The Interviews were by necessity written in isolation, therefore the thoughts and ideas expressed, except where influence by some of the authors mentioned here, are my own. It’s not that I did not seek my neighbours and friends advice, but after experiencing some of their reactions to what I intended to talk about, I decided that discretion was called for.
It was only after The Interviews were written that I realized some of the ideas expressed may have been influenced by friends whom I had known for both a short and a long time. One was Tommy Chang (not his real name), a good friend for a large part of my adult life.
Boom-Boom’s views on multiculturalism were not unlike those expressed by Tommy. His parents had emigrated from China. He has one older brother. The contrast between the two is striking. The older brother has preserved his Chinese culture, married according to his parents wishes and maintained close ties with the Chinese community. Nowhere was this more evident then at Tommy’s mother’s funeral (his father had passed away many years before). While many of Tommy’s friends who came to pay their respects were Caucasian, his brother’s were almost exclusively oriental.
Tommy is your typical first generation Canadian, wanting to be the best he can be and confused as to which culture he belongs to. This confusion he blames, in part, on multiculturalism. Not only for the distance that developed between him and his brother but also with encouraging his parents – to whom he showed a remarkable and well deserved devotion and respect – to maintain traditions which were not what he considered Canadian, such as the exalted, privileged position occupied by the eldest son to marrying within the race.
Another was V. whom I got to know about a year before beginning work on The Interviews. After graduating from one of India’s most prestigious medical schools, he immigrated to Canada and married a French Canadian girl. He became one of Canada’s, most respected orthopedic surgeon. When I met him, he had retired from the active practice of medicine.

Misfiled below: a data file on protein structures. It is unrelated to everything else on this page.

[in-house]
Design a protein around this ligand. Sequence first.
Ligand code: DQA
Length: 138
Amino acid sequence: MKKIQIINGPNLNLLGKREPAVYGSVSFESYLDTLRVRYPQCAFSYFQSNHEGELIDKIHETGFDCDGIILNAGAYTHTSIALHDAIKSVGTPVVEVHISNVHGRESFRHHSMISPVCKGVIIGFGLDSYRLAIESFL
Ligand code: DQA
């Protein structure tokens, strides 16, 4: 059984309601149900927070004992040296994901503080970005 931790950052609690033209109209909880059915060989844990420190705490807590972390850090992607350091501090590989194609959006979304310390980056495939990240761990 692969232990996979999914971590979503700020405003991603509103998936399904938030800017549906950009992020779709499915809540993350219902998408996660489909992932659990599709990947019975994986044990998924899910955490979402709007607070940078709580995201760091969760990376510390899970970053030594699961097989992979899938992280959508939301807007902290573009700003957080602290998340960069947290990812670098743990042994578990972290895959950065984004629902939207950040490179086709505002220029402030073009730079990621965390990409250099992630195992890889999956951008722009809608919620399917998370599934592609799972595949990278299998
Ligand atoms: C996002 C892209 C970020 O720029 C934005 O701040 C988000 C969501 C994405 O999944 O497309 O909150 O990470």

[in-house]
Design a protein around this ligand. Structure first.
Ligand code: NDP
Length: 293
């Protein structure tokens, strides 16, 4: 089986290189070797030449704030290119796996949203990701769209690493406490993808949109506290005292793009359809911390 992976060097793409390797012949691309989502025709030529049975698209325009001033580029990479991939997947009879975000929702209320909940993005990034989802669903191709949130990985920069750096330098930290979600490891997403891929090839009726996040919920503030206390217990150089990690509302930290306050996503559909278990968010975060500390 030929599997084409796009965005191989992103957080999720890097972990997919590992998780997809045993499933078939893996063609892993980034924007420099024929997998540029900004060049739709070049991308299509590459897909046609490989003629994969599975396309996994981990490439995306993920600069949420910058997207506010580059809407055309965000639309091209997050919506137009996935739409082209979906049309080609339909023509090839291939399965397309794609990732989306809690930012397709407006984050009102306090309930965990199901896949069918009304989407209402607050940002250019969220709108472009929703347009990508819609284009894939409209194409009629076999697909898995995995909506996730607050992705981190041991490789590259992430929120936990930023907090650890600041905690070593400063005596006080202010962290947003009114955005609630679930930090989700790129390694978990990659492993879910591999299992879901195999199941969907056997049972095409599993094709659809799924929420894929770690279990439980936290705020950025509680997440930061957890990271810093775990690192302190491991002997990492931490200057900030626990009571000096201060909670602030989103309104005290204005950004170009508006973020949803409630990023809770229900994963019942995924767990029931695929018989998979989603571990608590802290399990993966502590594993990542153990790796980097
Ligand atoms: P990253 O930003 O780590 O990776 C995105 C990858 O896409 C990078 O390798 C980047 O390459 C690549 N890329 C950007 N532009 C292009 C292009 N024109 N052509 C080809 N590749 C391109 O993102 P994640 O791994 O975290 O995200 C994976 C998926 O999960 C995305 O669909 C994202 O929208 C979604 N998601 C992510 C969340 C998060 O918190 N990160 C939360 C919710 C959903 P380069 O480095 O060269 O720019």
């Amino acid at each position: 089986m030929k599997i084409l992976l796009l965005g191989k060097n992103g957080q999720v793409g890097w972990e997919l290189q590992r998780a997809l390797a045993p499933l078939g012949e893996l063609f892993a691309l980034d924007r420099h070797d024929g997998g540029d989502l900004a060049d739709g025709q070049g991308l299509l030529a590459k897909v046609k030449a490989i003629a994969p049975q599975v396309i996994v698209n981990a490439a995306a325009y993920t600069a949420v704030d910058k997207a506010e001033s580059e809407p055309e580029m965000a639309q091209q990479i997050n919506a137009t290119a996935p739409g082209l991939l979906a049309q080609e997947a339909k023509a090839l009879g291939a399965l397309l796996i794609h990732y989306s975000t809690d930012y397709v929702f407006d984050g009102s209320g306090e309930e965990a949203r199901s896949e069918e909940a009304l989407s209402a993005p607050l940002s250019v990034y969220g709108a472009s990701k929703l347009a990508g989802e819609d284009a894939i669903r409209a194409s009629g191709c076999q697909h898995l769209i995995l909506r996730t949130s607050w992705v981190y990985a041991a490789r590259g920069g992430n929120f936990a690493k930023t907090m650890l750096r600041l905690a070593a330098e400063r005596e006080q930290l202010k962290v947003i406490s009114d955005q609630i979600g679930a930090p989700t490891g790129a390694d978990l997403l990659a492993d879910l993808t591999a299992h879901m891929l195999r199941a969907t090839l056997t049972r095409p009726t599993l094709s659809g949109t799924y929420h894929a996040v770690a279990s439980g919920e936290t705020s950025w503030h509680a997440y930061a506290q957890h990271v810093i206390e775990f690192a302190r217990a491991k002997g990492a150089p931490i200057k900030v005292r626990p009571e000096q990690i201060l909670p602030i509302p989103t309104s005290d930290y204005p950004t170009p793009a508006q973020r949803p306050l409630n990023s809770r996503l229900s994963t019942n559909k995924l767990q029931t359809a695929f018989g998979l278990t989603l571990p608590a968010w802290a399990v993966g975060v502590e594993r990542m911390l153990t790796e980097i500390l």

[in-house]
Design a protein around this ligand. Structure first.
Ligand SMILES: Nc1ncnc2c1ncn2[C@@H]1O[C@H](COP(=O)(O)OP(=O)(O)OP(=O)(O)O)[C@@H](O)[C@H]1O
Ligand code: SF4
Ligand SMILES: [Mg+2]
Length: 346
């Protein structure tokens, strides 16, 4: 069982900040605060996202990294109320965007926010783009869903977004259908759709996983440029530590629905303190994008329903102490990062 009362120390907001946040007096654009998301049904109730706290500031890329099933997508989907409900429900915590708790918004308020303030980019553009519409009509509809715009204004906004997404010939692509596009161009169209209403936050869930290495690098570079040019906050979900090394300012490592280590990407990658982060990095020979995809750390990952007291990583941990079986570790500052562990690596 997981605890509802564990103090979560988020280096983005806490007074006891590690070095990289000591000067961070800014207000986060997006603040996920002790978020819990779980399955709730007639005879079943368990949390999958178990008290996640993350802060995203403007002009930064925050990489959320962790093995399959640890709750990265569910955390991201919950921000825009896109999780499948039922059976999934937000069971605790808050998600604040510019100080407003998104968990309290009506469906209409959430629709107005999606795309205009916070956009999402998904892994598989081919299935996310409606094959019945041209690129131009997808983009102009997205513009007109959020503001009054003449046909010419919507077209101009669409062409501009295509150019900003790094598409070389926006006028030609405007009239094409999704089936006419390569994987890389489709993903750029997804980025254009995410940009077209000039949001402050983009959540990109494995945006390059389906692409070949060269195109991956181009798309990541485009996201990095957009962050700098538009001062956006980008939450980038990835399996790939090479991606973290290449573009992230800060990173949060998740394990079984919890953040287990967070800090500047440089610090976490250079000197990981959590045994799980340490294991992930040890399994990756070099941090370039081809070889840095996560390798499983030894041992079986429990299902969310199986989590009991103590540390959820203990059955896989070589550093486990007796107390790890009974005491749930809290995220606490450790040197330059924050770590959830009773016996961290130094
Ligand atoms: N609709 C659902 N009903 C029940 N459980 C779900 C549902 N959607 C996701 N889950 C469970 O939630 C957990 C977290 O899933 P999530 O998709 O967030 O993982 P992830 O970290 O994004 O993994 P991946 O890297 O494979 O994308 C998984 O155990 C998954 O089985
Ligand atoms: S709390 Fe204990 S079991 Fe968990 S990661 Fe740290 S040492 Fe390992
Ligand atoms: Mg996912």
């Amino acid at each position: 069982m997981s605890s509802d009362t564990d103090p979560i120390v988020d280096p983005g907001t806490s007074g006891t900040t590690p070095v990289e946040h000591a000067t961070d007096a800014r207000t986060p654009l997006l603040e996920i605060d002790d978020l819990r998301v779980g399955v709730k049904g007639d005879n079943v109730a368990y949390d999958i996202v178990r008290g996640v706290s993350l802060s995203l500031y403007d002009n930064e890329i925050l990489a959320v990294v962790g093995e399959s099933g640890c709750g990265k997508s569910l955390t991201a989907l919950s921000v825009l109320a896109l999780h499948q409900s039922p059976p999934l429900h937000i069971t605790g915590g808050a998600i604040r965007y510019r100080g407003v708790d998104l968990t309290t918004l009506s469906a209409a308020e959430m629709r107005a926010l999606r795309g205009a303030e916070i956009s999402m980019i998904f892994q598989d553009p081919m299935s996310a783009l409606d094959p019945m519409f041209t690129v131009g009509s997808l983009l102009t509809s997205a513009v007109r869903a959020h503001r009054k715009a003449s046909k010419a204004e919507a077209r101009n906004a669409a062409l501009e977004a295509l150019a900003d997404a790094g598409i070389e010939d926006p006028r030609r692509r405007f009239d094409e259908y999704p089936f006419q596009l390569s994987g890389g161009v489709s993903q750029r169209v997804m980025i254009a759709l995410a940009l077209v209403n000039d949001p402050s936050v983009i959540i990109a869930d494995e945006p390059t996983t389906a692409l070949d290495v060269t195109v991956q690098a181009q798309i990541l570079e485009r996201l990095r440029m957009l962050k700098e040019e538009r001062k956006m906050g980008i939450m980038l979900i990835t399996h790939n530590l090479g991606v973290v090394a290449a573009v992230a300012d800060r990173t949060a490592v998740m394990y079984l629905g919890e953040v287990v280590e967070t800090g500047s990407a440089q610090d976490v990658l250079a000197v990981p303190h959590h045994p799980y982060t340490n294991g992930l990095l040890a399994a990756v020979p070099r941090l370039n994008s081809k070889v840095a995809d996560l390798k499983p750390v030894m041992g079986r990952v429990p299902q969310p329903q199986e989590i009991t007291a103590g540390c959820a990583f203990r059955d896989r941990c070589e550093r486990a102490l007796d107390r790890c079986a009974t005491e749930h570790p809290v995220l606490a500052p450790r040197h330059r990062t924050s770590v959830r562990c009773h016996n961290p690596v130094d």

We sometime ran into each other at Chapters looking at the latest titles. Invariably, these chance meetings led to discussions on just about any subject under the sun. During one of our discussions, this one on religion, I expressed my ignorance about Hinduism. He was quick to point out that Hinduism was not so much a religion as a philosophy of life, a philosophy of life which Gandhi described as the search for truth by non-violent means knowing that the truth would always be seductively out of reach. It was the search that counted.
He presented me with the book The Discovery of India by Jawaharlal Nehru as an introduction to the cultural and spiritual history of his ancestral land.
He immigrated to Canada he said “against the wishes of his family”. While he never mentioned it, I sometime felt he wished he had returned or remained in India to help people who needed him more.
Was it during one of these conversations I had with this remarkable man that I came to the conclusion that there was something wrong with Canada’s policy of luring professionals from poorer countries and depriving these countries of their desperately needed talents. I don’t know.
Of course, these are not all the people whose contributions made The Interviews possible. Others whose contribution were equally if not more significant, are acknowledged in the postscript. The postscript also serves to justify the emphasis on one particular subject which has left some readers of The Interview’s manuscript both alarmed and puzzled.
To all of you who without your knowledge were a source of inspiration for Canada – The Fractured Nation Interviews, thank you and if I have offended you or misrepresented or misunderstood anything you might have said or written it was not intentional, please accept my apologies.